A health worker wearing a protective suit conducts an Ebola prevention drill at the port in Monrovia in Liberia on Aug. 29. (Dominique Faget/AFP/Getty Images)

The death toll in the worst Ebola outbreak in history has climbed to at least 2,296 in West Africa, the World Health Organization announced Tuesday. The new figures are current through Saturday and showed a staggering spike of nearly 200 new deaths recorded in one day, according to WHO data.

West Africa now has 4,293 total cases of confirmed, probable and suspected Ebola infections, according to the WHO -- a number that could rise as high as 20,000, the organization has warned.

The Nigerian Ministry of Health announced this week that nearly 500 people are under surveillance for Ebola in the oil city of Port Harcourt, and the death tolls continue to rise in Sierra Leone and Guinea.

But Liberia has been hardest hit by the virus: The Ebola-ravaged country is home to more than half of the epidemic's deaths (1,224) and nearly half of all cases (2,046). On Monday, the WHO declared that cases are "increasing exponentially" in the country, where "the demands of the Ebola outbreak have completely outstripped the government's and partners' capacity to respond."

As The Washington Post’s Brady Dennis explained:

In Liberia’s capital of Monrovia, taxis filled with families crisscross the city, searching in vain for a facility with space to treat loved ones infected with the Ebola virus. Children orphaned by the disease and shunned by other relatives have nowhere to go. The government’s main hospital is plagued by floods and electrical fires, and several employees have succumbed to Ebola.

"As soon as a new Ebola treatment facility is opened, it immediately fills to overflowing with patients, pointing to a large but previously invisible caseload,” the WHO wrote. “When patients are turned away at Ebola treatment centers, they have no choice but to return to their communities and homes, where they inevitably infect others.”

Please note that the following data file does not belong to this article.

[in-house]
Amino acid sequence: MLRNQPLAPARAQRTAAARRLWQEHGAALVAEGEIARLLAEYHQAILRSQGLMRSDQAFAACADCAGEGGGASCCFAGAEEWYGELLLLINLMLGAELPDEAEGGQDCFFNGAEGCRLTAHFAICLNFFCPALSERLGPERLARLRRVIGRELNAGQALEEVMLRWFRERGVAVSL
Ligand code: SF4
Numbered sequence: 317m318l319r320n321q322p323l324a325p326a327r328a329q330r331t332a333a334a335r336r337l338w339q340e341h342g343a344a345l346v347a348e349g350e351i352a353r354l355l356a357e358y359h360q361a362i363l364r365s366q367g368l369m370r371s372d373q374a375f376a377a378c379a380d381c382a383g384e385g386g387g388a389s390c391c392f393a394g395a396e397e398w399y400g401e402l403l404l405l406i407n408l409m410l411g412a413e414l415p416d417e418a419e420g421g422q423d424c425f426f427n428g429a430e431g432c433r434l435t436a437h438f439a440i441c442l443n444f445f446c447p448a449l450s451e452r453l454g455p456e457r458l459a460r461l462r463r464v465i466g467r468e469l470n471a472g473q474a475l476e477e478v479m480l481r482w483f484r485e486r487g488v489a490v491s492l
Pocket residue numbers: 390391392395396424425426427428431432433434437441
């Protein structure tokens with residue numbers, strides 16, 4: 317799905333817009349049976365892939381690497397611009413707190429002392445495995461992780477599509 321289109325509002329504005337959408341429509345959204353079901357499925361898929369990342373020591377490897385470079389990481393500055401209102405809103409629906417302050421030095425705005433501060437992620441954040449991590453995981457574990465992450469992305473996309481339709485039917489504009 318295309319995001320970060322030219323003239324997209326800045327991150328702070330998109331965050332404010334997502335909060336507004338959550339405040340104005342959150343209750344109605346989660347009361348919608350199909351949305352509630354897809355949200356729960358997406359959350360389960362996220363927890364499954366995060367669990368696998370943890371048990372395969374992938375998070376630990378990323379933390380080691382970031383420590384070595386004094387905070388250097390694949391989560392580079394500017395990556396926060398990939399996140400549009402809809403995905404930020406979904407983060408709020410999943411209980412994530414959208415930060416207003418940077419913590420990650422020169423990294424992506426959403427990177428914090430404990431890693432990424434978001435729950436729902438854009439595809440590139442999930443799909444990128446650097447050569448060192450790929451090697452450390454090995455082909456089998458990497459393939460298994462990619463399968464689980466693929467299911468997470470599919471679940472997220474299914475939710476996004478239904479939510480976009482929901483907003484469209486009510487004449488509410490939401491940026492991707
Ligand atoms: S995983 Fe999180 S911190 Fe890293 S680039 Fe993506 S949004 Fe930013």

The country has become so overwhelmed that only 31 percent of Ebola cases in Liberia have been lab-confirmed through blood tests, the WHO said. Another 47 percent of Liberia's cases have been deemed "probable," which means they've been evaluated by a clinician, according to WHO. Probable cases also include people who have died, were suspected to have had Ebola and had a link to someone with a confirmed case.

In Sierra Leone, 91 percent of Ebola cases have been confirmed by a lab. In Guinea, labs confirmed 77 percent of all cases. Just three percent of Sierra Leone's cases and 19 percent of Guinea's have been deemed probable.

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There are a number of reasons that explain why so many Liberian cases aren't confirmed by labs, WHO spokesman Daniel Epstein said Tuesday. Among them: the sheer volume of cases in that country (2,046 as of Saturday), poor infrastructure and the limited number of Ebola labs and staff throughout West Africa.

Also, the virus is much more widespread in Liberia, with confirmed cases in 14 out of 15 counties. "Whereas in Sierra Leone, it's more geographically limited," Epstein said.

While confirming cases is useful for epidemiology and tracing the virus’s spread, he added, it doesn't necessarily result in a difference in care.

“What happens in the field, from what I've seen and heard, people treat and medical staff treat probable and confirmed cases the same,” Epstein said.